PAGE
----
The CJSB prepares the reader for “extensive bottom-of-page study notes to help readers understand the deeper meanings behind the Jewish text” (xix). However, for most readers (and especially those familiar with other Study Bibles on the market) this statement will over promise and under deliver. Many pages lack any presence of study notes. The notes are certainly helpful and useful for understanding the deeper meaning of the text, but they are not “extensive” by any meaningful definition of the word. I do not say this to discourage the reader away from the benefit of the CJSB, but rather to prepare them for the content therein. Still, the benefit of the CJSB is found in the numerous, and I mean numerous topical and themed articles. The topical articles cover a wide range of topics in both the Old Testament and the New, including the nature of covenant, millennialism and the future Israel, Satan in Jewish thought, a Jewish understanding of Hell, and much, much more. The themed articles are abundant and sorted under twelve major themes: (1) anti-Jewish scriptural interpretation, (2) covenants, (3) Jewish customs, (4) Jewish-Gentile relations, (5) messianic prophecy, (6) the names of God, (7) Sabbath, (8) salvation and atonement, (9) the holy days of Israel, (10) the land of Israel, (11) Torah, and (12) the tabernacle. The CJSB opens with a lengthy introduction the CJB and closes with a number of appendix material (e.g. glossary of Hebrew words, topical and theme article index, biographies of rabbis and sages, etc.) and eight full-color maps.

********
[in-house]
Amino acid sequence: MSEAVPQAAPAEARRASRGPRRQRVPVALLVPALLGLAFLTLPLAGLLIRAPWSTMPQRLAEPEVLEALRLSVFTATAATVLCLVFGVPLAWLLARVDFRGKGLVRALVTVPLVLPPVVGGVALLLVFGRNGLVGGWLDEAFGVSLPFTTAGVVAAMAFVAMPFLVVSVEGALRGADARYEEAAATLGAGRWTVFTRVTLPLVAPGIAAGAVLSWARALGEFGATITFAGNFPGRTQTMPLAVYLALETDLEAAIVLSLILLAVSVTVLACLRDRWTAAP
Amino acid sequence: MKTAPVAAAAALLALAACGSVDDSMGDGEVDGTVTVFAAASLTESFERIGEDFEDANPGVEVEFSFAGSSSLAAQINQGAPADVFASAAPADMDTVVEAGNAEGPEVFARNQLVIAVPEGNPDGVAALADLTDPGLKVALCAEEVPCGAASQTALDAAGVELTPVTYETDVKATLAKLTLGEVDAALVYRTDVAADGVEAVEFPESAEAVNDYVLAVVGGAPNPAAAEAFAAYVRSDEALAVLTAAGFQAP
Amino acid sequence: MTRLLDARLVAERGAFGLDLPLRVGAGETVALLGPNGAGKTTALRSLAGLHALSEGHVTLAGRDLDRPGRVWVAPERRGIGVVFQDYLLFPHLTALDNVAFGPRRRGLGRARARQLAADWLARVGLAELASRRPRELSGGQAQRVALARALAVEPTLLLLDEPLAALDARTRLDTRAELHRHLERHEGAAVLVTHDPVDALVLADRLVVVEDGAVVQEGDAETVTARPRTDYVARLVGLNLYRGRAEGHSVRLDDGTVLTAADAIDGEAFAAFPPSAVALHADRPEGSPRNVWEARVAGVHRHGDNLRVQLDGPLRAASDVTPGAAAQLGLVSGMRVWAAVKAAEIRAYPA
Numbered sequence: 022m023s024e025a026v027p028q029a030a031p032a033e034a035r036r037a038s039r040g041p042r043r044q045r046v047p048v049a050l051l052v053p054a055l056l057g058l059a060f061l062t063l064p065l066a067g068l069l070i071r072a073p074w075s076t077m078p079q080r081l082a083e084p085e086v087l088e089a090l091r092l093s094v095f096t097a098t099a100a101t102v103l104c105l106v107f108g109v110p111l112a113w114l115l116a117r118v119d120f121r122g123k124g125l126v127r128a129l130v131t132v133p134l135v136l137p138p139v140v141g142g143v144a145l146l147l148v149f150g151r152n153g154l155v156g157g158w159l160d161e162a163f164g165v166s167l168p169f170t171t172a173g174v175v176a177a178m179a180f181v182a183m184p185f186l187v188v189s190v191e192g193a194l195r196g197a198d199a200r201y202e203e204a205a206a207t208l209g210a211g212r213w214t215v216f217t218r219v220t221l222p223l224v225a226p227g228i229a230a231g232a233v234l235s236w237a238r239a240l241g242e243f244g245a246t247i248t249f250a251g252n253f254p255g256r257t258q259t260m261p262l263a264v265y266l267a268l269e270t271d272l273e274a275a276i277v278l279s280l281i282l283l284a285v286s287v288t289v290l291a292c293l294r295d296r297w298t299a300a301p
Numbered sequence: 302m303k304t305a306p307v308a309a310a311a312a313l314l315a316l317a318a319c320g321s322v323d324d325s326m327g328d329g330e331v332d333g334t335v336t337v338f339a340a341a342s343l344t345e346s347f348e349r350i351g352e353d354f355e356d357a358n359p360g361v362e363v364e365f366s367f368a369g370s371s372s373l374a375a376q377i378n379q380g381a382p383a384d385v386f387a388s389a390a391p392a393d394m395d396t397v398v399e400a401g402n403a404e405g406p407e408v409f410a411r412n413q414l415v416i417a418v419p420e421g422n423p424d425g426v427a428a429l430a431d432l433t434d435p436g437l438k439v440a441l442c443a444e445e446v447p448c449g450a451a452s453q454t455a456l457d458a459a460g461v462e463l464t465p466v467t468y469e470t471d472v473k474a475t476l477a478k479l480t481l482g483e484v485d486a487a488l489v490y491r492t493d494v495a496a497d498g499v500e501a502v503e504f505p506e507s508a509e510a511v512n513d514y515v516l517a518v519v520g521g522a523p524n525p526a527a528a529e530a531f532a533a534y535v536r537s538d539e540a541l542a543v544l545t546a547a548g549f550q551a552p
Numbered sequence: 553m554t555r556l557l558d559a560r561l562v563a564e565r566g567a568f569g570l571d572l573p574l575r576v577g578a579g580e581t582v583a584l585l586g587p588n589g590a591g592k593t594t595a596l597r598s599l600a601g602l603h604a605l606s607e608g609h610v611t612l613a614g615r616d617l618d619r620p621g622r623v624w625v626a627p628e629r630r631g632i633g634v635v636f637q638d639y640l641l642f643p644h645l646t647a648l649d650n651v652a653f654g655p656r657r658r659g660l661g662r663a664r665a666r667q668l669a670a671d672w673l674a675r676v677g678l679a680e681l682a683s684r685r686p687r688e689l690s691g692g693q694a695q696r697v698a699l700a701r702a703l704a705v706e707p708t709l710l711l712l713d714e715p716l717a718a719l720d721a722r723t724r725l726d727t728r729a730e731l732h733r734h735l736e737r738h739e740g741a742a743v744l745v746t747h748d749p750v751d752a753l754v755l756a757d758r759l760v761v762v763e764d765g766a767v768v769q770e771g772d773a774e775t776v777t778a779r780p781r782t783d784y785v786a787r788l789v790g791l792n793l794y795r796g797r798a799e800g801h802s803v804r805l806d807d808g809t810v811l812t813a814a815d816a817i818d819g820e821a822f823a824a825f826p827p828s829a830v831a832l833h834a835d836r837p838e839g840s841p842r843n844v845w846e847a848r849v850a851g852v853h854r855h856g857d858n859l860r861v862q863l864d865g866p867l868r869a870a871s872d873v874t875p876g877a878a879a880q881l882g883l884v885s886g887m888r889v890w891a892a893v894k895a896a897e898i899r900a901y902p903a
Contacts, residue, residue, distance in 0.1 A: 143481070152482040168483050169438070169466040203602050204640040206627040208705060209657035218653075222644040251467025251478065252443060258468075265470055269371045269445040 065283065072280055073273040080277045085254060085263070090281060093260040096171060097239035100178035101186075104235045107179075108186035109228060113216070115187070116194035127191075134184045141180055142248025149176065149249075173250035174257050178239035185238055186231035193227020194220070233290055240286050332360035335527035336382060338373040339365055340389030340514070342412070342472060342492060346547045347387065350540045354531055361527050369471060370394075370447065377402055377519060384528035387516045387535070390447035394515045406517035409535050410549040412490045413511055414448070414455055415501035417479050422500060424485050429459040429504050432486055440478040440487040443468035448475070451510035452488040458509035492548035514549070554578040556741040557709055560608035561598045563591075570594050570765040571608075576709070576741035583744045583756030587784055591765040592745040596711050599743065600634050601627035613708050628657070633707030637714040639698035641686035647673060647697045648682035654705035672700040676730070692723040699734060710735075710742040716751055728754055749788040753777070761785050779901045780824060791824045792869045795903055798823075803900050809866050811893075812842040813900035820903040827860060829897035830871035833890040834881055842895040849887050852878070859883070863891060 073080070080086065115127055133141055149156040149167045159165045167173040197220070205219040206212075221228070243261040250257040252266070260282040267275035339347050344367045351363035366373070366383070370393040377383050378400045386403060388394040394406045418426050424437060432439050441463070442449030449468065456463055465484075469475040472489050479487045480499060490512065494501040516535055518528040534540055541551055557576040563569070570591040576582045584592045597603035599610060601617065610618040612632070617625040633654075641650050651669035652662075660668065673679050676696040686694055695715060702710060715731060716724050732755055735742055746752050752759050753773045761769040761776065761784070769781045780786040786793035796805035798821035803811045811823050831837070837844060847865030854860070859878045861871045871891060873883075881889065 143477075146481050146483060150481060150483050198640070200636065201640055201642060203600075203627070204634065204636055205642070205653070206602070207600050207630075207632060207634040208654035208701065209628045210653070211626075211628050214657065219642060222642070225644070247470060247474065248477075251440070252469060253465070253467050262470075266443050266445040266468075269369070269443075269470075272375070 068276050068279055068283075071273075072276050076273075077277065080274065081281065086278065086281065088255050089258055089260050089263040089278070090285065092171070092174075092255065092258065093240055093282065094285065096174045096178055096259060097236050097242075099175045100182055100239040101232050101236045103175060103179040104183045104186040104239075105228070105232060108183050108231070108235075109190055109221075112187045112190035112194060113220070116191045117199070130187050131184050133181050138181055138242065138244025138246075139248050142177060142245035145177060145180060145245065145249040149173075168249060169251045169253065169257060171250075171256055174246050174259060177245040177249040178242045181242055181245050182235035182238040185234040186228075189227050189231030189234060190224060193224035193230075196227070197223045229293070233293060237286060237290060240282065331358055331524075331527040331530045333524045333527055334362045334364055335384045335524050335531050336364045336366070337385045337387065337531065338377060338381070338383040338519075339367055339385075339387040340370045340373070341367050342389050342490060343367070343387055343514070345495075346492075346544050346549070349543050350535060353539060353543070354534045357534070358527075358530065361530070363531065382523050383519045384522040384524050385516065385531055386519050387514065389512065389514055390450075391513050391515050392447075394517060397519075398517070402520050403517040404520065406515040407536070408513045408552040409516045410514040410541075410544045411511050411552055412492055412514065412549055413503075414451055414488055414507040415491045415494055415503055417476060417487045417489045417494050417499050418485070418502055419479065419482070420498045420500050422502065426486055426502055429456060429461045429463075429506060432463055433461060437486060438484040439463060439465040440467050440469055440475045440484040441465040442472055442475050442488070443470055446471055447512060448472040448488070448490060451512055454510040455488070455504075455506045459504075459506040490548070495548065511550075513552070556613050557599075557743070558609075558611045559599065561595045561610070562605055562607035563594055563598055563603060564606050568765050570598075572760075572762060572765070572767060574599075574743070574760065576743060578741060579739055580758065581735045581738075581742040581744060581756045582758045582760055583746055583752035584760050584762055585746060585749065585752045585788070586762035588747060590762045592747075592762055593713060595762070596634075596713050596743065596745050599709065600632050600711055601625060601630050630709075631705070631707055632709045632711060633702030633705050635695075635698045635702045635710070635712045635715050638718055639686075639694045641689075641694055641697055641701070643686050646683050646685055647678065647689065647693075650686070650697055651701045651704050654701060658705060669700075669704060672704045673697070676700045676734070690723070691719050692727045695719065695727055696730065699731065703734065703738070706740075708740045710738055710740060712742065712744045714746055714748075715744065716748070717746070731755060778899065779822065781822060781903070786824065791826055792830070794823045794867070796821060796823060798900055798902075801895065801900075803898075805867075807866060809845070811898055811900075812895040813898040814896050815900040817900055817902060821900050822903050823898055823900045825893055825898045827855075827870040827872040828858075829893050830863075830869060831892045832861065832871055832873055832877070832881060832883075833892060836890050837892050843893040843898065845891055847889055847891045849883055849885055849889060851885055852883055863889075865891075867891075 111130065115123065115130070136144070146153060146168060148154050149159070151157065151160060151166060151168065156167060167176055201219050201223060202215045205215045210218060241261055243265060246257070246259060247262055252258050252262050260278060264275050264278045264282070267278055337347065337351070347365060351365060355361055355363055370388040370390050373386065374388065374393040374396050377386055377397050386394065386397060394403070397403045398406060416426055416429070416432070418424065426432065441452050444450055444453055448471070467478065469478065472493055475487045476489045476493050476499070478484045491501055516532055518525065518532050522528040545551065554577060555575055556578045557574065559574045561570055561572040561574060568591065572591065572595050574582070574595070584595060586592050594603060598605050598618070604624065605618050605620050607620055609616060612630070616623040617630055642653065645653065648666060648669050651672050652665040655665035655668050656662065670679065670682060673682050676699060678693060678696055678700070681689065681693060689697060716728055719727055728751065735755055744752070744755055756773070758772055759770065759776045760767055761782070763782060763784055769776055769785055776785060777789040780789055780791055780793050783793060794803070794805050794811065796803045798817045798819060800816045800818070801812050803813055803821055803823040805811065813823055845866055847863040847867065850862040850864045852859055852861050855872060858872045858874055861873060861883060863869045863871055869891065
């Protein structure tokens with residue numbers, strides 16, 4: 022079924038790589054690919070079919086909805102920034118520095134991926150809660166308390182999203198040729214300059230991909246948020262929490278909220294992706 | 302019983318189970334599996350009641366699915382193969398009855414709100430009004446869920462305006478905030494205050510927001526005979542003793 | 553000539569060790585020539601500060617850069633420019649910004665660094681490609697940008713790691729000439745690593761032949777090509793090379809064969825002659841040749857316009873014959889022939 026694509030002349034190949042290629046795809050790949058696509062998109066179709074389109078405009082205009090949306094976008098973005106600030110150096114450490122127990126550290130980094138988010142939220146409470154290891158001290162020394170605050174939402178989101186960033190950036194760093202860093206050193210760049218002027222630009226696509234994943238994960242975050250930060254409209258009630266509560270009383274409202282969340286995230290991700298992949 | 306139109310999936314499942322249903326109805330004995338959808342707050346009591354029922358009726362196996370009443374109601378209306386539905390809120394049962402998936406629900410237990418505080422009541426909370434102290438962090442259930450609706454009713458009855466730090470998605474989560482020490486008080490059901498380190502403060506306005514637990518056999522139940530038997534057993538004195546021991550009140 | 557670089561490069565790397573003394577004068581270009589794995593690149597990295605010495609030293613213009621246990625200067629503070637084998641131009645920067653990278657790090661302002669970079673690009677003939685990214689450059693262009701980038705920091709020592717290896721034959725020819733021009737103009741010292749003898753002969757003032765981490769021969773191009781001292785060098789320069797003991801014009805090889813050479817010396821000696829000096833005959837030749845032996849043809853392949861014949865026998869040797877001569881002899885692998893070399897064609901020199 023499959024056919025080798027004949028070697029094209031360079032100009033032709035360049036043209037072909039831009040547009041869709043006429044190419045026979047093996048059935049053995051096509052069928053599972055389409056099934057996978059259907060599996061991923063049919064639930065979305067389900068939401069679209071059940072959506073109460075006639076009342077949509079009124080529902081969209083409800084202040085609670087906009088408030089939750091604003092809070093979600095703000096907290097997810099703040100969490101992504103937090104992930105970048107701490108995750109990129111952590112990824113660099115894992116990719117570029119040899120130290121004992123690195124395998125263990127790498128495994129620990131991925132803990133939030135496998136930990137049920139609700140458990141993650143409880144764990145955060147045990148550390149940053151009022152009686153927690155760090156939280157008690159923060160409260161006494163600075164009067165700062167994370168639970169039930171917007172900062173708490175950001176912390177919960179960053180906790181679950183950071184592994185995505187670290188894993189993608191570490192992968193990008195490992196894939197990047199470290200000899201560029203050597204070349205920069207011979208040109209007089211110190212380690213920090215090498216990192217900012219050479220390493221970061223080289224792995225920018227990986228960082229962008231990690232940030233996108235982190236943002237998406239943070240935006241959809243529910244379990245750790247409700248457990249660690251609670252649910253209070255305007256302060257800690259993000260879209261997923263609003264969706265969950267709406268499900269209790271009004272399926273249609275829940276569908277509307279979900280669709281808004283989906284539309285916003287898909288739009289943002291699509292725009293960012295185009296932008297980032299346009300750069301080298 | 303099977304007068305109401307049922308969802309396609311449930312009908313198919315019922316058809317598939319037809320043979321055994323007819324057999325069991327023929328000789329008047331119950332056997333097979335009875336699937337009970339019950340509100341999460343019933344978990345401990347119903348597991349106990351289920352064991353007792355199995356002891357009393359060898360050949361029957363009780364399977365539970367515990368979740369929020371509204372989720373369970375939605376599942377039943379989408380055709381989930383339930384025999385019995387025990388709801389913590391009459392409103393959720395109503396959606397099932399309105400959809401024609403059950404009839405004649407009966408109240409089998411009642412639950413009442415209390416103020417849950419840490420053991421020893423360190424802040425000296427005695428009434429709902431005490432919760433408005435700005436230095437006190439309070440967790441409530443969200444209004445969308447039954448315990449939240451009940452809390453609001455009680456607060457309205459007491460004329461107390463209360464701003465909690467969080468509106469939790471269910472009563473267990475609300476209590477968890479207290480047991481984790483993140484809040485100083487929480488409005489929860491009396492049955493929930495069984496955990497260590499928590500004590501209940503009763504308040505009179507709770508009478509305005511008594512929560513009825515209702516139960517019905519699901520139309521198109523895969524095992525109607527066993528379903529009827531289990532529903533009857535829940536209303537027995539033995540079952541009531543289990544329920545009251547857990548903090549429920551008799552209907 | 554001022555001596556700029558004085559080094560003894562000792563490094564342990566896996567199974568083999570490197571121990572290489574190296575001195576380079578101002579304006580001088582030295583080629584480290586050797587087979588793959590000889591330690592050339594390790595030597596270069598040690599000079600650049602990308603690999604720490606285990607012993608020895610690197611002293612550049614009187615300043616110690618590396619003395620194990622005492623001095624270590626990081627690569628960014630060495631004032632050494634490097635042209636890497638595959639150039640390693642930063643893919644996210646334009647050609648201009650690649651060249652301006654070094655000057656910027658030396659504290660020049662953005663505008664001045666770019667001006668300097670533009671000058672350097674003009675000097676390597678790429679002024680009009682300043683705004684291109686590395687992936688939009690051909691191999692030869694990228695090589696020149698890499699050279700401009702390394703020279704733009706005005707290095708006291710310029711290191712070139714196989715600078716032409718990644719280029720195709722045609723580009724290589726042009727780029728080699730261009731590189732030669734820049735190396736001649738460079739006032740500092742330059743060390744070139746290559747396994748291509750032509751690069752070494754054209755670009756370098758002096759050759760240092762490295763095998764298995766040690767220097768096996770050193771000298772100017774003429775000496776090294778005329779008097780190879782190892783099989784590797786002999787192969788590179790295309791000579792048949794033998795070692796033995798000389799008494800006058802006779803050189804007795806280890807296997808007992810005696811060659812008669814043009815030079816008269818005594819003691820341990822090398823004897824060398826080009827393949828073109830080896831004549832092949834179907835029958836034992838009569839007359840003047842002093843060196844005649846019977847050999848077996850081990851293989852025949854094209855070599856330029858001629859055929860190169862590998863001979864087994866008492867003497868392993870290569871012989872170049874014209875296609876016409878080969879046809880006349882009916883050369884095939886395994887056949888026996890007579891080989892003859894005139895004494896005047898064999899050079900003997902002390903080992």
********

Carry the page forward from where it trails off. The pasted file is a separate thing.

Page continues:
The CJSB is a unique Study Bible and a valuable investment for anyone interested in better understanding the Jewishness of the Old and New Testament. The articles are useful and many, and the CJB is an excellent supplemental translation to your Bible of choice. However, while I was honestly pleased by content that the CJSB offered, for some reason, I continued to feel as though something was missing. It could be the lack of “extensive” notes that I was anticipating or that they were paired with the CJB—a supplemental translation choice, in my honest opinion. Despite this, I was surprised at how often I was reaching for the CJSB to see what the contributors had to say about a passage or topic and I was pleased by the content and number of articles.

The Complete Jewish Study Bible is a welcomed addition to the Study Bible market. The CJSB offers an unparalleled experience that will truly enrich the reader’s understanding of the Scriptures. If anything, I think that it is safe to assume that the CJSB will provide another perspective for the reader to weigh as they seek to resemble and serve Jesus in the twenty-first century. I said it before, and I will say it again, the CJSB is a unique Study Bible and a valuable investment for anyone interested in better understanding the Jewishness of the Old and New Testament. It deserves a place on the shelf of every Christian!

 

I received a review copy of this book in exchange for and honest review. I was not required to write a positive review. The opinions I have expressed are my own. I am disclosing this in accordance with the Federal Trade Commission’s 16 CFR, Part 255: “Guides Concerning the Use of Endorsements and Testimonials in Advertising.